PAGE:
We initiated this study to determine whether three structurally related bifunctional alkylating agents could induce the expression of a presumptive human DNA repair gene. The gene chosen for this study is known to encode the ribosomal phosphoprotein PO, but ironically may also share functions related to DNA repair. We now show by Northern analysis that PO is induced by L-phenylalanine mustard, 4-hydroperoxycyclophosphamide and mechlorethamine, which are DNA-damaging agents commonly used as chemotherapeutic antitumor agents. In further support of its involvement in DNA repair is the finding of a 30- to 50-fold constitutive overexpression of the PO gene in human tumor cell lines that are Mer-, cells which lack O6-methylguanine methyltransferase activity, when compared to Mer+ cell lines. This constitutively elevated level of PO in Mer- cell lines, which are thus DNA repair defective for O6-alkyguanine lesions, was not observed for other genes tested, including the human ribosomal gene S17 whose mRNA steady-state levels were uniformly the same in both Mer- and Mer+ cells. Taking these data together, it appears that increased levels of PO are somehow linked to DNA repair, and increased expression of PO may compensate for the decreased O6-methylguanine DNA methyltransferase activity in Mer- cells. Furthermore, the PO gene has also been shown to be overexpressed in colorectal tumors and polyps and the sera of some systemic lupus erythematosus patients contain antibodies against PO. The titer of the anti-PO antibodies rises significantly during lupus psychosis.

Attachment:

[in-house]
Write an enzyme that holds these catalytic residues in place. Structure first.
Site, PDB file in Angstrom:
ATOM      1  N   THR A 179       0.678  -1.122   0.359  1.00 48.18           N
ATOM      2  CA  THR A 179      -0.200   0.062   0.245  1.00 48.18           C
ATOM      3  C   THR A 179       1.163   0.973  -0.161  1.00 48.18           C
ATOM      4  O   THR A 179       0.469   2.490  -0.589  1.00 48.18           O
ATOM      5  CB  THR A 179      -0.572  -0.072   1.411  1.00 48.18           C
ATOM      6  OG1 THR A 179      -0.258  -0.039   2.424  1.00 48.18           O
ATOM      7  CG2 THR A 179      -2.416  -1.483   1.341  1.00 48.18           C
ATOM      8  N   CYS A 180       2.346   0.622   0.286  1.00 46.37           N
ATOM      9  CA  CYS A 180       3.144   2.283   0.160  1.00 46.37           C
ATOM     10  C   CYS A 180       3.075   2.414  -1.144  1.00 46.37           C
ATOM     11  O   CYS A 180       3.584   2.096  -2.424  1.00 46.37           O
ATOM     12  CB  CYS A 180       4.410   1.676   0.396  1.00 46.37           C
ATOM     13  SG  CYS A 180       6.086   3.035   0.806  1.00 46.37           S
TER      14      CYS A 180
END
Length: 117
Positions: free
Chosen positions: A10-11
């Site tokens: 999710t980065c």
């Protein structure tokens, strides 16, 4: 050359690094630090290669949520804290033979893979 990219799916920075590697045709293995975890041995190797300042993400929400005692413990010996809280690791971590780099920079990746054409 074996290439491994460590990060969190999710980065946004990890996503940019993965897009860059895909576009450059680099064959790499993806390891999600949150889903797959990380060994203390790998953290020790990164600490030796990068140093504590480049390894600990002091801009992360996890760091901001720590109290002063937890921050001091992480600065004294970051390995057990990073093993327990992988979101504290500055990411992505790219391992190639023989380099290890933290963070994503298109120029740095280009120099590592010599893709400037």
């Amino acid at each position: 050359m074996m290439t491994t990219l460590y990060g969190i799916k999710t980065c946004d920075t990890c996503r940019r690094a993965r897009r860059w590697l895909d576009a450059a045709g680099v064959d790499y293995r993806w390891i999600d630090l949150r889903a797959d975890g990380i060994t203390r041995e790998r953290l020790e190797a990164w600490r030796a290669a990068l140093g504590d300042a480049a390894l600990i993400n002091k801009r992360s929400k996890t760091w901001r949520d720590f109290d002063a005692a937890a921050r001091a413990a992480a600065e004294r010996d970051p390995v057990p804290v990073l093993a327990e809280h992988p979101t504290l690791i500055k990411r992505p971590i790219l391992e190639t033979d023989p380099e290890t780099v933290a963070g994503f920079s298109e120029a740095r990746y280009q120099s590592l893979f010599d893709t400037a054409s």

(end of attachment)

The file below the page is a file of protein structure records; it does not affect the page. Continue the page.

ASJC Scopus subject areas
- Cancer Research